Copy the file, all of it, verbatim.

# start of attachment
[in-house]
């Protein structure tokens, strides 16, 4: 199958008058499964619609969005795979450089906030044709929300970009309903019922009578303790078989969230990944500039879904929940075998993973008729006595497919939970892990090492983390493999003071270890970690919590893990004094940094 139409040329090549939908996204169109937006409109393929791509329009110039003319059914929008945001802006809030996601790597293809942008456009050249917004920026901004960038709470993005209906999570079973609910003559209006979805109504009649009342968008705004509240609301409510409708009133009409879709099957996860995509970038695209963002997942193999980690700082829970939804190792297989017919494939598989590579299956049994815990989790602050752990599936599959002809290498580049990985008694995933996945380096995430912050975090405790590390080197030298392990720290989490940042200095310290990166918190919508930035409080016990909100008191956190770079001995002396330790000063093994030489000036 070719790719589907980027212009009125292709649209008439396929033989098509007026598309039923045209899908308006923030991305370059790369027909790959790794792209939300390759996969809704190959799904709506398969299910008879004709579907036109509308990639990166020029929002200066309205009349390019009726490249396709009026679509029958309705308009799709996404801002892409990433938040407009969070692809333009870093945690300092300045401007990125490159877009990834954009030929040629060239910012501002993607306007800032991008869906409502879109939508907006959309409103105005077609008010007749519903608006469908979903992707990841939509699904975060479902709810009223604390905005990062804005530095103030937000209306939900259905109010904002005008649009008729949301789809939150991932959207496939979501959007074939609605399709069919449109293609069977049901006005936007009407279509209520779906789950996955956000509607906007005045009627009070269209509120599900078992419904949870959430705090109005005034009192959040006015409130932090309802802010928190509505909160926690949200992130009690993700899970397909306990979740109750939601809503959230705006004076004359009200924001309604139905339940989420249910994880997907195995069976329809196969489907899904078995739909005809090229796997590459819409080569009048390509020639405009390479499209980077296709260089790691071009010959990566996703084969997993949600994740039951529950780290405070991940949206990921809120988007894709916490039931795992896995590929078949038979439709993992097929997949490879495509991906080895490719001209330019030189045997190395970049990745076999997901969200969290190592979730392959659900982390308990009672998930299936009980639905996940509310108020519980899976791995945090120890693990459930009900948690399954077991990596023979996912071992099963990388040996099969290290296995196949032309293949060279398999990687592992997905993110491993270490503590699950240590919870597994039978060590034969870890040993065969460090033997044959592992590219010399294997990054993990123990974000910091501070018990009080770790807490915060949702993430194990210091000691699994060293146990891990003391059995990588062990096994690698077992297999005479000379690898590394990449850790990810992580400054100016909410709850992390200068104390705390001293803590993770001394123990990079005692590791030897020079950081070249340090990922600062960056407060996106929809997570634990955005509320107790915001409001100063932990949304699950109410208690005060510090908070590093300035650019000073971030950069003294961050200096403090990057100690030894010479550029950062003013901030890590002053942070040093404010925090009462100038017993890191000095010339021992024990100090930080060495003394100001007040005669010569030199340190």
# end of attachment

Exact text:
[in-house]
């Protein structure tokens, strides 16, 4: 199958008058499964619609969005795979450089906030044709929300970009309903019922009578303790078989969230990944500039879904929940075998993973008729006595497919939970892990090492983390493999003071270890970690919590893990004094940094 139409040329090549939908996204169109937006409109393929791509329009110039003319059914929008945001802006809030996601790597293809942008456009050249917004920026901004960038709470993005209906999570079973609910003559209006979805109504009649009342968008705004509240609301409510409708009133009409879709099957996860995509970038695209963002997942193999980690700082829970939804190792297989017919494939598989590579299956049994815990989790602050752990599936599959002809290498580049990985008694995933996945380096995430912050975090405790590390080197030298392990720290989490940042200095310290990166918190919508930035409080016990909100008191956190770079001995002396330790000063093994030489000036 070719790719589907980027212009009125292709649209008439396929033989098509007026598309039923045209899908308006923030991305370059790369027909790959790794792209939300390759996969809704190959799904709506398969299910008879004709579907036109509308990639990166020029929002200066309205009349390019009726490249396709009026679509029958309705308009799709996404801002892409990433938040407009969070692809333009870093945690300092300045401007990125490159877009990834954009030929040629060239910012501002993607306007800032991008869906409502879109939508907006959309409103105005077609008010007749519903608006469908979903992707990841939509699904975060479902709810009223604390905005990062804005530095103030937000209306939900259905109010904002005008649009008729949301789809939150991932959207496939979501959007074939609605399709069919449109293609069977049901006005936007009407279509209520779906789950996955956000509607906007005045009627009070269209509120599900078992419904949870959430705090109005005034009192959040006015409130932090309802802010928190509505909160926690949200992130009690993700899970397909306990979740109750939601809503959230705006004076004359009200924001309604139905339940989420249910994880997907195995069976329809196969489907899904078995739909005809090229796997590459819409080569009048390509020639405009390479499209980077296709260089790691071009010959990566996703084969997993949600994740039951529950780290405070991940949206990921809120988007894709916490039931795992896995590929078949038979439709993992097929997949490879495509991906080895490719001209330019030189045997190395970049990745076999997901969200969290190592979730392959659900982390308990009672998930299936009980639905996940509310108020519980899976791995945090120890693990459930009900948690399954077991990596023979996912071992099963990388040996099969290290296995196949032309293949060279398999990687592992997905993110491993270490503590699950240590919870597994039978060590034969870890040993065969460090033997044959592992590219010399294997990054993990123990974000910091501070018990009080770790807490915060949702993430194990210091000691699994060293146990891990003391059995990588062990096994690698077992297999005479000379690898590394990449850790990810992580400054100016909410709850992390200068104390705390001293803590993770001394123990990079005692590791030897020079950081070249340090990922600062960056407060996106929809997570634990955005509320107790915001409001100063932990949304699950109410208690005060510090908070590093300035650019000073971030950069003294961050200096403090990057100690030894010479550029950062003013901030890590002053942070040093404010925090009462100038017993890191000095010339021992024990100090930080060495003394100001007040005669010569030199340190």